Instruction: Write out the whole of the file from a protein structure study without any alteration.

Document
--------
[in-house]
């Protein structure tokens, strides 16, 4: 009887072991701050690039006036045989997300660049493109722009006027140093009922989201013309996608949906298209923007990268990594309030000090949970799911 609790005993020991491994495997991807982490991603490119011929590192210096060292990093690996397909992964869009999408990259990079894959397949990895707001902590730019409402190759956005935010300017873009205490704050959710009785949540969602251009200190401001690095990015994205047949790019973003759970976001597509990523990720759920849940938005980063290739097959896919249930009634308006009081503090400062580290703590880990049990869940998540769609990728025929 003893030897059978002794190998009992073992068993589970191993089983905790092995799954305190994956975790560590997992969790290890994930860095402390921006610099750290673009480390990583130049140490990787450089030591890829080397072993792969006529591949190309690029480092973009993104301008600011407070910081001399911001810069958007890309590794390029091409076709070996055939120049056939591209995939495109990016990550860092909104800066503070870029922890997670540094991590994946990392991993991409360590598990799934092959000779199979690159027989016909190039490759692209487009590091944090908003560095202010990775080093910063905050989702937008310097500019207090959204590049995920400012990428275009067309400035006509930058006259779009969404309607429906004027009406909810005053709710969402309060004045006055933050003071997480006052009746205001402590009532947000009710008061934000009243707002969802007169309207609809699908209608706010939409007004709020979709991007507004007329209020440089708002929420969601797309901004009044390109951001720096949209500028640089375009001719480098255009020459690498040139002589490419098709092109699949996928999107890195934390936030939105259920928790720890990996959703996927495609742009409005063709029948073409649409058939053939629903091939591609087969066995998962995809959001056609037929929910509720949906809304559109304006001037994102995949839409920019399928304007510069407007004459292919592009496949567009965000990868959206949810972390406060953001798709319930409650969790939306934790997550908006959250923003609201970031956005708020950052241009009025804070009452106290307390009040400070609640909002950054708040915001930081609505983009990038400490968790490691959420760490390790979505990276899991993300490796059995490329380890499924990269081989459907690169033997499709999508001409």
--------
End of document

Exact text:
[in-house]
């Protein structure tokens, strides 16, 4: 009887072991701050690039006036045989997300660049493109722009006027140093009922989201013309996608949906298209923007990268990594309030000090949970799911 609790005993020991491994495997991807982490991603490119011929590192210096060292990093690996397909992964869009999408990259990079894959397949990895707001902590730019409402190759956005935010300017873009205490704050959710009785949540969602251009200190401001690095990015994205047949790019973003759970976001597509990523990720759920849940938005980063290739097959896919249930009634308006009081503090400062580290703590880990049990869940998540769609990728025929 003893030897059978002794190998009992073992068993589970191993089983905790092995799954305190994956975790560590997992969790290890994930860095402390921006610099750290673009480390990583130049140490990787450089030591890829080397072993792969006529591949190309690029480092973009993104301008600011407070910081001399911001810069958007890309590794390029091409076709070996055939120049056939591209995939495109990016990550860092909104800066503070870029922890997670540094991590994946990392991993991409360590598990799934092959000779199979690159027989016909190039490759692209487009590091944090908003560095202010990775080093910063905050989702937008310097500019207090959204590049995920400012990428275009067309400035006509930058006259779009969404309607429906004027009406909810005053709710969402309060004045006055933050003071997480006052009746205001402590009532947000009710008061934000009243707002969802007169309207609809699908209608706010939409007004709020979709991007507004007329209020440089708002929420969601797309901004009044390109951001720096949209500028640089375009001719480098255009020459690498040139002589490419098709092109699949996928999107890195934390936030939105259920928790720890990996959703996927495609742009409005063709029948073409649409058939053939629903091939591609087969066995998962995809959001056609037929929910509720949906809304559109304006001037994102995949839409920019399928304007510069407007004459292919592009496949567009965000990868959206949810972390406060953001798709319930409650969790939306934790997550908006959250923003609201970031956005708020950052241009009025804070009452106290307390009040400070609640909002950054708040915001930081609505983009990038400490968790490691959420760490390790979505990276899991993300490796059995490329380890499924990269081989459907690169033997499709999508001409």